Si recte calculum ponas, ubique naufragium est
If you pay attention, wreckage is everywhere
--Justa Edouardo King by John Milton, 1638.

Naufrage is a rather technical term coming to us from French maritime law. It refers to a shipwreck, but not just any shipwreck. A naufrage is a ship that is broken or shattered to the point of ruination. This is distinguished from echouement, which is a simple, although undesired, case of running aground; bris, in which a ship hits a rock or otherwise breaches the hull but remains intact; and sombrer, in which the ship is sunk completely out of sight. These terms are sadly obsolete, and these days when the term 'naufrage' is used (in either English, or more often, in French) it may refer to any shipwreck, particularly one grounded on the beach.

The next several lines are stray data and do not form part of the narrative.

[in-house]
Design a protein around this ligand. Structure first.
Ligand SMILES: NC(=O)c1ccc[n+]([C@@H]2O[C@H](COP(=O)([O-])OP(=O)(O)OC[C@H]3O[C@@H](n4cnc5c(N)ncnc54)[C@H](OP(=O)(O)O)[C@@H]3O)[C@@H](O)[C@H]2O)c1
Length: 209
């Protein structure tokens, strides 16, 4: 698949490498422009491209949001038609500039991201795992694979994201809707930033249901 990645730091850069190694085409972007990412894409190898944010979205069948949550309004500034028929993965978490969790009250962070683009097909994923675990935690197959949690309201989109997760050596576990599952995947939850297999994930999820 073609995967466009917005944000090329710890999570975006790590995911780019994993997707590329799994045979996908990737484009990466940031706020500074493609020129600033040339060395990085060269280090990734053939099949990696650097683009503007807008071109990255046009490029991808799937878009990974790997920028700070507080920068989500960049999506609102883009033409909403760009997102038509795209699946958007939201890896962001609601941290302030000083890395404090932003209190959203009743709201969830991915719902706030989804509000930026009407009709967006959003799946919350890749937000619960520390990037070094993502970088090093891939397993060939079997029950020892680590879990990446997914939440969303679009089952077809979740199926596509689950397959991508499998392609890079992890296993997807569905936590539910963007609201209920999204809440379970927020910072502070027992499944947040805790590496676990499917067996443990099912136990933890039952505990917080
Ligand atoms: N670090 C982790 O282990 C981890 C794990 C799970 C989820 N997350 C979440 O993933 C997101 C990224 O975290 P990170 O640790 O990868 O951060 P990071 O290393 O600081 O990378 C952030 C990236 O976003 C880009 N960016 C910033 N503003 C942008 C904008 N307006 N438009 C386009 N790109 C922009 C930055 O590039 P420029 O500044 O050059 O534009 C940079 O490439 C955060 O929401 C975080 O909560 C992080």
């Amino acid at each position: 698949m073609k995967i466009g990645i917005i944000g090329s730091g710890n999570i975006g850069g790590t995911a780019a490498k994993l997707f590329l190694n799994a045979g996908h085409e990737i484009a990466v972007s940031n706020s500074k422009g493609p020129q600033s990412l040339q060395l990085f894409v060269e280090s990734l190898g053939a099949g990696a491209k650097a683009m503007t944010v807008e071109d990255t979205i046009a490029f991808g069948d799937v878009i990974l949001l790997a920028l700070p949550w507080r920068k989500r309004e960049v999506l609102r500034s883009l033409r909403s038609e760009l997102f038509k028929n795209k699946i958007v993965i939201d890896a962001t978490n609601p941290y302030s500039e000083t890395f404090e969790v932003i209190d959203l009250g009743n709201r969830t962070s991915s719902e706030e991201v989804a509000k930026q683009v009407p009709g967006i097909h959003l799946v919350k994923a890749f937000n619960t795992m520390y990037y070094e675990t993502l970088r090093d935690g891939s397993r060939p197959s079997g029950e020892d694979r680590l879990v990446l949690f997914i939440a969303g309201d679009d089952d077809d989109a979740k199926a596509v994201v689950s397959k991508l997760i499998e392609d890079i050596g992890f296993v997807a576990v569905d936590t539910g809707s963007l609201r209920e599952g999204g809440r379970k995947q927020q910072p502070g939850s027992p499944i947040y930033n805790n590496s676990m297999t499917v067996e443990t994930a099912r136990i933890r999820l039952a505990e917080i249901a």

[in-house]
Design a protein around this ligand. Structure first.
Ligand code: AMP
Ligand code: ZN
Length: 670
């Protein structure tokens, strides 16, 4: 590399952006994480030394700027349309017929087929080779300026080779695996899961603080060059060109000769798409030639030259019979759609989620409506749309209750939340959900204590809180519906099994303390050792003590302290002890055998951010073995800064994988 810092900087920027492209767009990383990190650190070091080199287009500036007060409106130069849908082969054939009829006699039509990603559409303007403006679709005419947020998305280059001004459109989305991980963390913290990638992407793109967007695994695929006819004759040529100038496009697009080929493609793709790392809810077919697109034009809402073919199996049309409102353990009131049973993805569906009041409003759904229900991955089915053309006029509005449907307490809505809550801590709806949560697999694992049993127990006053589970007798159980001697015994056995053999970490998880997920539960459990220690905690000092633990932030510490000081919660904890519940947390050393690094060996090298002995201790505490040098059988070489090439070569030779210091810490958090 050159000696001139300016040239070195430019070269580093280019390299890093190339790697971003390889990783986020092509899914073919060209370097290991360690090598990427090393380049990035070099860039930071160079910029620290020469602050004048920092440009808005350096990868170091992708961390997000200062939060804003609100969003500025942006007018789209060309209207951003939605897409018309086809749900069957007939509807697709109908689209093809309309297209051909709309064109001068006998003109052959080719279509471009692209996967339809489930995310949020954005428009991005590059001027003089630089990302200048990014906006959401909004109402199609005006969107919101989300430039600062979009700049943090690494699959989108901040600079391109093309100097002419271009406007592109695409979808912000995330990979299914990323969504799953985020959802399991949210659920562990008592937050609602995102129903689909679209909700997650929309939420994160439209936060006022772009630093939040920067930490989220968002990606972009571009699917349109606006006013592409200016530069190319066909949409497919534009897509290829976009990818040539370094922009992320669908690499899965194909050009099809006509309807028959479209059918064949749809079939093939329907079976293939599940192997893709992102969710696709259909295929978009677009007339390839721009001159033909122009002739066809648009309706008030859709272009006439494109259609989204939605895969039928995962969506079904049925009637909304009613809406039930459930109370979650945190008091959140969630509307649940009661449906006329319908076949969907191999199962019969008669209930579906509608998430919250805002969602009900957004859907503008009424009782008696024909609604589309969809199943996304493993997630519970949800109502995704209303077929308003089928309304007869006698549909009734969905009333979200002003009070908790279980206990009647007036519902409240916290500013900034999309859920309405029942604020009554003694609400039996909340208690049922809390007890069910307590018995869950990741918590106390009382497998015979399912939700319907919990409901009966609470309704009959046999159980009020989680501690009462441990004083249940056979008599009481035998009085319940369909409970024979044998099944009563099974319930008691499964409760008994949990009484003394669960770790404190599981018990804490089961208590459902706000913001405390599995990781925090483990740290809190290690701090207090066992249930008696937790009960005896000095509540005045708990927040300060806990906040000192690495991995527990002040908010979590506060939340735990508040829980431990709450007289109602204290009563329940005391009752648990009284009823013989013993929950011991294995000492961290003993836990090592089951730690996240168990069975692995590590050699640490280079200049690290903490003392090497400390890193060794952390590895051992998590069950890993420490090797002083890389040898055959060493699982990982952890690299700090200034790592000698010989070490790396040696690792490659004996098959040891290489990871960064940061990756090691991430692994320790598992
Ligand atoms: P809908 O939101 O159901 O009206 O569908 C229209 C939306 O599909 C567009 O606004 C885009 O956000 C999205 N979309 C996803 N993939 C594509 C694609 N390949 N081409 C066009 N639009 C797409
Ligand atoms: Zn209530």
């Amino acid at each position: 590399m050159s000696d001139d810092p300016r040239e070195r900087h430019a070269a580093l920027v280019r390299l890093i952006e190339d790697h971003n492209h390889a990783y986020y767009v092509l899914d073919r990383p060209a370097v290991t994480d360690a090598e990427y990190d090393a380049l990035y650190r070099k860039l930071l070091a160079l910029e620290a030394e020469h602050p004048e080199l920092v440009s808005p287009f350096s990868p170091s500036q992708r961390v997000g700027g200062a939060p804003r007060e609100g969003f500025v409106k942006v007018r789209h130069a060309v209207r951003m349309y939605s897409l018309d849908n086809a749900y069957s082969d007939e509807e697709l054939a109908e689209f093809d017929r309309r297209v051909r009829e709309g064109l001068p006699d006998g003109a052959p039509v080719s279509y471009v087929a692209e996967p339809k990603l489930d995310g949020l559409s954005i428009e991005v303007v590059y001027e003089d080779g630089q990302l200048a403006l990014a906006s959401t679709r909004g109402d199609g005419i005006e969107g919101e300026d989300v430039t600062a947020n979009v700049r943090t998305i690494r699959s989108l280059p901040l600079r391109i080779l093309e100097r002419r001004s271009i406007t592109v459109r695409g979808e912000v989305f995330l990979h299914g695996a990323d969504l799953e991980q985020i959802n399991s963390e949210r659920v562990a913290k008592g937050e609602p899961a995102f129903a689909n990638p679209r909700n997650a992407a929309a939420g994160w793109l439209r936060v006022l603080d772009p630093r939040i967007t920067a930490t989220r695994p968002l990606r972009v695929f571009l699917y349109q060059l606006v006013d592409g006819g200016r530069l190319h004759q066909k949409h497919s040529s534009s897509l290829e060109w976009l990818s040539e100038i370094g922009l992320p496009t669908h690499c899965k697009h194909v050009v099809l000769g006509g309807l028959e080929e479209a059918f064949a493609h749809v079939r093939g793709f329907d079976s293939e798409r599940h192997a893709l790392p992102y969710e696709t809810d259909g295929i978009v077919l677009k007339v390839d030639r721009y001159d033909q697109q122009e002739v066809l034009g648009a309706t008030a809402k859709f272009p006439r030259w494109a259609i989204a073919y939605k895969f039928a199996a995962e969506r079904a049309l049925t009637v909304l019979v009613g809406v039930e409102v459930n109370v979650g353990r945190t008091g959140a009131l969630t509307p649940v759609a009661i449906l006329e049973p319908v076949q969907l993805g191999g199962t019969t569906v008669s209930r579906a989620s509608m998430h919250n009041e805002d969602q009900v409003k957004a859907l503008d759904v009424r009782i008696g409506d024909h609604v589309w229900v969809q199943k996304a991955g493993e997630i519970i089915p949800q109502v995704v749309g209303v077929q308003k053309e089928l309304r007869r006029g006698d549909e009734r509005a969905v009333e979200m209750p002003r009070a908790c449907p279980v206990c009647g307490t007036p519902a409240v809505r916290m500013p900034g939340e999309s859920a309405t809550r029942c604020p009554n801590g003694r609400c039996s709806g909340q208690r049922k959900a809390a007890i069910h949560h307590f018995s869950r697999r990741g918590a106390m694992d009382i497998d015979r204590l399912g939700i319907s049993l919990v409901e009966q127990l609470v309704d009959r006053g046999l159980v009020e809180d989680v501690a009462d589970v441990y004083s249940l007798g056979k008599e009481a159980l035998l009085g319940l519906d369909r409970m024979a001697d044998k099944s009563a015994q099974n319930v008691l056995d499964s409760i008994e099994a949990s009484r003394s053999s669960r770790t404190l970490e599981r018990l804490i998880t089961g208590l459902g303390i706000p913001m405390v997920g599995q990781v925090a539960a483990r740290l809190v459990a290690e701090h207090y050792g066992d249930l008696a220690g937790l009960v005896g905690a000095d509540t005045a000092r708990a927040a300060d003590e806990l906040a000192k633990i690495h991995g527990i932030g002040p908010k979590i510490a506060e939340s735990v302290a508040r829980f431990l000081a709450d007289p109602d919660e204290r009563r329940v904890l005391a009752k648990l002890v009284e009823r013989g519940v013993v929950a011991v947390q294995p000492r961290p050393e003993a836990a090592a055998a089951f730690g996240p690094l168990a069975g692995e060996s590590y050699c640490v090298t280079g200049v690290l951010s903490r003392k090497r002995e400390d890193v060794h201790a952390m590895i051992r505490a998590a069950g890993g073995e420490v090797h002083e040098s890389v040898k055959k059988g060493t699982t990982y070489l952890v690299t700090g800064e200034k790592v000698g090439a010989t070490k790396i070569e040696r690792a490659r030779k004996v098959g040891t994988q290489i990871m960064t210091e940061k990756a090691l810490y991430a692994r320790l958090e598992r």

The word was not invented by the French by any means; it comes to us from the Latin naufragium, which is in turn a combination of the words navis, meaning 'ship', and frangere, meaning 'to break'. Naufragium was in common usage in the days of Roman Empire, and was used both for shipwrecks and metaphorically for crashes during chariot races and other disasters or images involving wreckage.

We have one other word that has come to us from the Latin word naufragium; naufragous, meaning 'that which causes a shipwreck'. Sadly, this too is now considered obsolete.

Nau"frage (?; 48), n. [F., fr. L. naufragium; navis + frangere.]

Shipwreck; ruin.




© Webster 1913.

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